Debra Prinzing

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SLOW FLOWERS Podcast: Meet Berkeley’s Eco-Floral Maven, Pilar Zuniga of Gorgeous and Green (Episode 116)

November 20th, 2013

Pilar Zuniga is a Berkeley-based, eco-Green floral designer and outspoken advocate for locally-grown, sustainable flowers and design practices.

Pilar Zuniga is a Berkeley-based, eco-Green floral designer and outspoken advocate for locally-grown, sustainable flowers and design practices.

Meet Pilar Zuniga, owner of Gorgeous and Green, a Berkeley-based boutique and eco-floral design studio. She’s my guest in this week’s Slow Flowers Podcast with Debra Prinzing.

Pilar started Gorgeous and Green nearly six years ago after she discovered how hard it was to plan her own sustainably-minded wedding. Since then, her venture has expanded from a floral studio designing for weddings and special events to a charming storefront on College Avenue in Berkeley.

One of Gorgeous and Green's bridal bouquets in a sultry green and dark purple color scheme.

One of Gorgeous and Green’s bridal bouquets in a sultry green and dark purple color scheme.

There, you can find a full-service floral and gift shop that carries uncommon goods, curated by Pilar, including vintage jewelry, locally-made goods, recycled-paper stationary,  organic bath and beauty products — and of course, local and sustainably-grown flowers. Gorgeous and Green recently won the Best of Berkeley 2013 award in the florist category.

For anyone interested in learning how a brick-and-mortar retail flower shop can make it in today’s era of mass merchandising and big boxes, you’ll want to join my conversation with Pilar.

She is blazing a new trail and is the TRUE definition of a LOCAL FLORIST….a hometown, Main Street flower shop that goes the full distance to source from local flower farms in her own backyard.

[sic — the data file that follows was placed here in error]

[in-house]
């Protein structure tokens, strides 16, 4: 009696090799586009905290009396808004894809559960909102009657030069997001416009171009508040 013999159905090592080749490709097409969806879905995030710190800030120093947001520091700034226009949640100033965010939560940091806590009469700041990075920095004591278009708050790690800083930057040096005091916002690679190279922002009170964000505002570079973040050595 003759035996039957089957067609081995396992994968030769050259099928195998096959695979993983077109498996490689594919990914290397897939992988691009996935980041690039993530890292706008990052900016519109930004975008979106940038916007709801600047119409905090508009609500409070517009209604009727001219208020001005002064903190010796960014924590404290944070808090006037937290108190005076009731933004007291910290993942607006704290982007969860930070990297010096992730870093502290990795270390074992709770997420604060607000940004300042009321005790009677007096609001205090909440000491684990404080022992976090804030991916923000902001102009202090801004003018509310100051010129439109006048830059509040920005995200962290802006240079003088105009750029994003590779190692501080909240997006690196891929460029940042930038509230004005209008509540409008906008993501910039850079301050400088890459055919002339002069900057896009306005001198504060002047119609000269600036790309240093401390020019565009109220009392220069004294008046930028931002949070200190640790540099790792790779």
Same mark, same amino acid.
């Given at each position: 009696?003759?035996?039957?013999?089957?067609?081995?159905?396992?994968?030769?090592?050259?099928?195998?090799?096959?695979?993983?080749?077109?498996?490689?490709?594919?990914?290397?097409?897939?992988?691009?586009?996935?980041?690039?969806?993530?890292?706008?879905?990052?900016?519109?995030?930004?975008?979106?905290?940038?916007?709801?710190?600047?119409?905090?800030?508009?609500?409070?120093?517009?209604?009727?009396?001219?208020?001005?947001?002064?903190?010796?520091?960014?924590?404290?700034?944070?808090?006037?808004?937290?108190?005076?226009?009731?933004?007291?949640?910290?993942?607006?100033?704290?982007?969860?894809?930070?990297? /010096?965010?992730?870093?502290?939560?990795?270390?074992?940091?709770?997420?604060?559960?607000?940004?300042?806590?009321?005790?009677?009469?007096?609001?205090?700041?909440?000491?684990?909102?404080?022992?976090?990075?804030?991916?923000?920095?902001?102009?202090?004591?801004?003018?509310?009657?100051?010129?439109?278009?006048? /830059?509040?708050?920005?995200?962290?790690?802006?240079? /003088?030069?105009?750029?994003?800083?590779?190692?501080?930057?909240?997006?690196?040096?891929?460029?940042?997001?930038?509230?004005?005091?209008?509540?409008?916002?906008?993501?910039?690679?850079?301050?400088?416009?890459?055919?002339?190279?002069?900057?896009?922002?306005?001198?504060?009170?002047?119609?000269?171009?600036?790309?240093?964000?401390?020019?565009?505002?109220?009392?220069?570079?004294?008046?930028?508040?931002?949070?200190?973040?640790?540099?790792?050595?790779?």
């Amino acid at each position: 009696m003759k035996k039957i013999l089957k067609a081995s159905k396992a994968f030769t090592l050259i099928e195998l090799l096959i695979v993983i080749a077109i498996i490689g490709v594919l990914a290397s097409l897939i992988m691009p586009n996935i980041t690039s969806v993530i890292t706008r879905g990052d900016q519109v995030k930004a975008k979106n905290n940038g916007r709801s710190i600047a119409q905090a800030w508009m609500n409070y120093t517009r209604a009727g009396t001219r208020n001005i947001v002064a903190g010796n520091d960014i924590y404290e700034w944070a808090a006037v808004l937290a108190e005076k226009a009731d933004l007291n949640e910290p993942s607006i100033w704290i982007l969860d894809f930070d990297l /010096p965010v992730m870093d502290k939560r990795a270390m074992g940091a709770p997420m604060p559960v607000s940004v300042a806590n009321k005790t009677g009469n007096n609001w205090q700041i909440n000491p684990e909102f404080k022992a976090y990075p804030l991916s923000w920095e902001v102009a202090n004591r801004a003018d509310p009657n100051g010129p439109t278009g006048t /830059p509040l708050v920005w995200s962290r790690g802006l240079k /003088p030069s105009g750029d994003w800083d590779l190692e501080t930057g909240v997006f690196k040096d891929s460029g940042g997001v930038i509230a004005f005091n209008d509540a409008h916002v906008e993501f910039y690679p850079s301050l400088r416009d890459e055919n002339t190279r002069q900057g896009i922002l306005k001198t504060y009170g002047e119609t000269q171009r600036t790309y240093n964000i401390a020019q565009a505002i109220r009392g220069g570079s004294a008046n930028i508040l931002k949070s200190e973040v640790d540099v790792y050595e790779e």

Succulents grace the wedding table for a Gorgeous and Green client.

Succulents grace the wedding table for a Gorgeous and Green client.

483274_10151503701057210_305906289_n Here’s her answer to the “Why Sustainable”? question:

A Native American proverb suggests that all that we do today must be done with the next 7 generations in mind.

The mainstream floral and gift industries have many byproducts like pesticide pollution, dependence on plastics, underpaid labor, hazardous working conditions and excessive CO2 Emissions. Additionally, events are the producers of more waste and CO2 emissions. The average wedding emits 12-14 tons of CO2, more than a person emits in a full year.  

We can minimize these negative effects by amending our practices to become sustainable ones.  For Gorgeous and Green, sustainability means using methods that we can afford to duplicate without negatively affecting the environment and people around us. With a lot of creativity and research, we have been able to develop floral practices and offer gift products that allow us to do just that.

Gorgeous and Green wants to be mindful of not just how we leave our world for the next generation, but how we touch those people and places that were involved in the beauty we created today. 

Take a look at our Services section or visit our On-Line Boutique page to see just what we have come up with so far. We’re always creating new ways to save the earth and stay gorgeous.

Another yummy seasonal floral arrangement, using California-Grown flowers from farmers Pilar knows and supports.